By SimbaDoozle 11 Comments
Most of you are probably wondering what Cloud gaming actually is; let me explain It to you. Cloud gaming has been around for a while, but just recently it has made its self-known to the general public. Ever since the Atari 2600 and even before that, people have been going to their local gaming retailers and physically buying games, going home and playing the game until their eyes burn and their hands cramp – Cloud Gaming, is going to change all that. The idea of it is to stream full games over the internet and straight on to your TV, essentially removing the “middle man”, if you will. It uses a box, not unlike your actual console, except much smaller – this unit will allow the user to access a vast library of games in which the user can choose any game and buy it, the game will then be streamed over the internet and straight onto the user’s television. There are of course numerous advantages and disadvantages to this system, some of which are as follows.
• The ability to play any game, any time is appealing to a lot of people. Cutting out the travel and inconvenience going out and buying a game can have, having most games at your fingertips is a very attractive prospect to a lot of people.
• The need to buy expensive hardware is removed. Consumer’s will no longer to spend £250 on their console, as the units for Cloud Gaming are much cheaper.
• It’s a much more practical and portable way of gaming, the idea of not having to carry around loads of games when taking your console elsewhere can be a satisfying thought, although may only appeal to a select market.
• The ability to have an abundance of games at your fingertips without filling an entire room up with game cases.
• Cloud Gaming services are extremely reliant on servers not crashing, which most people do not have the patience for.
• The satisfying feeling when buying and un-packaging games is removed, which for a lot of people is a huge part of the enjoyment.
• Streaming quality is dependent on your connection; in most cases it can never be as good as using a disc.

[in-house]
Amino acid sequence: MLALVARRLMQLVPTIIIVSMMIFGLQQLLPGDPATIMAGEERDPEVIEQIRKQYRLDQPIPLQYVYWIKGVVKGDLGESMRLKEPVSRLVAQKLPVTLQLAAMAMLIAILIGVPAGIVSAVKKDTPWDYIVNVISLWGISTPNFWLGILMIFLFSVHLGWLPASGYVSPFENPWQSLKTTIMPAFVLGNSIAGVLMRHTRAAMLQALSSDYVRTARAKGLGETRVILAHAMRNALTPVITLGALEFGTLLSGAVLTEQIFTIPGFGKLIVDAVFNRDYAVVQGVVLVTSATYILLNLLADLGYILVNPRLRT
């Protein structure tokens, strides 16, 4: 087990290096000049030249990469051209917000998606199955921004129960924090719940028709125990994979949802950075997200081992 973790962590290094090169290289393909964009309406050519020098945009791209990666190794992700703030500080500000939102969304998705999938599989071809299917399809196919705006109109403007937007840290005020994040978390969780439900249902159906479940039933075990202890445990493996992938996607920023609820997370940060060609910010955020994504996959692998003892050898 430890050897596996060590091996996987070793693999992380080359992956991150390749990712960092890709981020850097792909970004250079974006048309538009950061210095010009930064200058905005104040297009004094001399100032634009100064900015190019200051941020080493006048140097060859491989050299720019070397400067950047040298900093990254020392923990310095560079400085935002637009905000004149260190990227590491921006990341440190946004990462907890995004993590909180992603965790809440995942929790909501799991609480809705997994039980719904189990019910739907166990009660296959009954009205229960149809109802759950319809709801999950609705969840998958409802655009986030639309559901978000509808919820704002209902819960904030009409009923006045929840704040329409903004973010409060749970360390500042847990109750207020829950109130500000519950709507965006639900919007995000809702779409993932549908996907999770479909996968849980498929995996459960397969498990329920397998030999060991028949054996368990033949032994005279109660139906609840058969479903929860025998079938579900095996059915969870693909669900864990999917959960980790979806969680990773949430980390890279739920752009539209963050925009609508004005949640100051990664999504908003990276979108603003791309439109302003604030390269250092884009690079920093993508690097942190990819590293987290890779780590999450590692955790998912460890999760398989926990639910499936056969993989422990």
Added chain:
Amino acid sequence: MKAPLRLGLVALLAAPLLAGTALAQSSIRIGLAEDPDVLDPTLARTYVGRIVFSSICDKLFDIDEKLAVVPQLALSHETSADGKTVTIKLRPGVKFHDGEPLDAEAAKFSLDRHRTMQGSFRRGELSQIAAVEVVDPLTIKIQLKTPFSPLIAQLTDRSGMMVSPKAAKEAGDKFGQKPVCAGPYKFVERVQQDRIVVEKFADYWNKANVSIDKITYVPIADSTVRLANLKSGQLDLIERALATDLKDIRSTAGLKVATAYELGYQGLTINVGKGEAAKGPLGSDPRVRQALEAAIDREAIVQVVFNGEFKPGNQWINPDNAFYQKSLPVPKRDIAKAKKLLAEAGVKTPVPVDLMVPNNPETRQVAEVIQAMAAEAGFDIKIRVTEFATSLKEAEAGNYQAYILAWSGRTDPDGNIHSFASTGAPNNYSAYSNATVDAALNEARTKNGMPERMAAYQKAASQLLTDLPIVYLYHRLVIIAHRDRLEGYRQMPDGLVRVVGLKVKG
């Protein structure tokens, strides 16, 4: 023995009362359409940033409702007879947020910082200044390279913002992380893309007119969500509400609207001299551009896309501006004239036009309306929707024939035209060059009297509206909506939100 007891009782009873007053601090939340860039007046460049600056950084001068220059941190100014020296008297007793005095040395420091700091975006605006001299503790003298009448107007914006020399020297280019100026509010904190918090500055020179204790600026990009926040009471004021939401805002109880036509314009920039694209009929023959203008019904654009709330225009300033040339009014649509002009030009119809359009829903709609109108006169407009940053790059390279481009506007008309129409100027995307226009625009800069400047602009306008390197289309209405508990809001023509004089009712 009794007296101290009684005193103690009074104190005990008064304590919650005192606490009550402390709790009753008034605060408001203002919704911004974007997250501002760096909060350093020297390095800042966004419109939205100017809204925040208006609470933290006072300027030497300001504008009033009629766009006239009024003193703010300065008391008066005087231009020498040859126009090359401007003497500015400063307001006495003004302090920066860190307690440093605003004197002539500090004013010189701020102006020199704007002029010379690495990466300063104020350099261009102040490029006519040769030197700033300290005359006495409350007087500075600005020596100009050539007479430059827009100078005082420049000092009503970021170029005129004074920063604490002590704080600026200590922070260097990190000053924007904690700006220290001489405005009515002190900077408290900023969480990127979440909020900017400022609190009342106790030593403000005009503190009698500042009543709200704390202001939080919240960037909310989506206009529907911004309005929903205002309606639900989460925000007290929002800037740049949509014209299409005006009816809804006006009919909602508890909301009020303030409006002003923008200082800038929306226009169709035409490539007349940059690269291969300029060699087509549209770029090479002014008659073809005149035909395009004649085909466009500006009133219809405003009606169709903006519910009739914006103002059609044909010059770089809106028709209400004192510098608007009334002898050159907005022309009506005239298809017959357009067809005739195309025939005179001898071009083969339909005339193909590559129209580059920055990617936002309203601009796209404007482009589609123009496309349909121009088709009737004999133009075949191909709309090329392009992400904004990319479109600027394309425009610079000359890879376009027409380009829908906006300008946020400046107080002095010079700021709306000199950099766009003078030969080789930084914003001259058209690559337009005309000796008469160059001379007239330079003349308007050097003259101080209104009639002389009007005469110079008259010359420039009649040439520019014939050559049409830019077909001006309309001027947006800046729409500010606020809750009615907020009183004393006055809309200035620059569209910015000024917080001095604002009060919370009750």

• Publishers/developers very much control when you can and cannot play, a vast majority of people will resent the fact that the developers have the ability to stop people playing games they have paid for.
• On release days of games, the servers will suffer greatly with the mass of players playing the game.
• Having a physical collection of games for some people is the whole fun of it. Cloud Gaming completely removes that pleasure.
The effect on consumers will be varied, for some people this will the be all, end all for gaming but for others this could seriously tarnish a life long hobby. Albeit, there are a lot of advantages but in my opinion the disadvantages outweigh the advantages. For me personally, the idea of going out and buying a game, unpacking it and physically placing the disc in the console is part of the overall enjoyment. Of course, the main point of gaming is the content within the game but if people are void of the added extras like the manual and special edition versions then one of the most enjoying factors of gaming is removed. Consumers can’t show their love for the game by buying collectors editions and being unique among all the other people with the game. Not only that, a large majority of gamers are proud of their sizeable collections and take pride in showing them off in elaborate game towers. Seeing your game collection in pixels isn’t the same as physically having it in front of you.
On the other hand, the less hardcore and experienced gamers, predominantly teenagers will love the fact that they can have any game at their fingertips without having the hassle of going out and getting it. Not only that, but Cloud Gaming will be completely reliant on servers and the speed of you Internet, if any of these are even slightly hindered it could bring a halt to your gaming session for the day. Even the thought of that for a lot of people will put them off it. But judging by the fact the average of the gamer is above 25; I think the majority will prefer the traditional method of going out and physically buying the game.
The effect on the industry will be incomprehensible, developers, publishers, retailers and marketers will all have to radically adapt. Everything will have to be dramatically changed. Going from generations of using physical hardware, all the way from cassettes to dual-layer discs and then suddenly removing that and just in essence, only using the internet to play your games – this will have a huge impact on the industry, it will bankrupt a lot of companies, mainly retailers unless they don’t plan ahead and try to adjust to the changing market. On the other hand it’s just another step in the growth of e-commerce, except this time it’s a gigantic leap in expanding and developing the digital age. There’s a chance for companies to make huge money out of it, but smaller companies with less resources can and will potentially be crippled by it if they don’t adapt fast.
In conclusion, Cloud Gaming is something that we need to seriously consider as something that is there and will happen eventually, but are we ready for it now? In my opinion, we aren’t. Things are still developing in the console area, with the release of Playstation Move and Kinect around the corner; the industry is just not giving way for the expansion of the digital age. With the release of OnLive come and gone, the leader in Cloud Gaming hasn’t seen the huge influx of subscribers it was hoping for. One day Cloud Gaming will become a reality and we will have to learn to adjust, but that day isn’t just around the corner.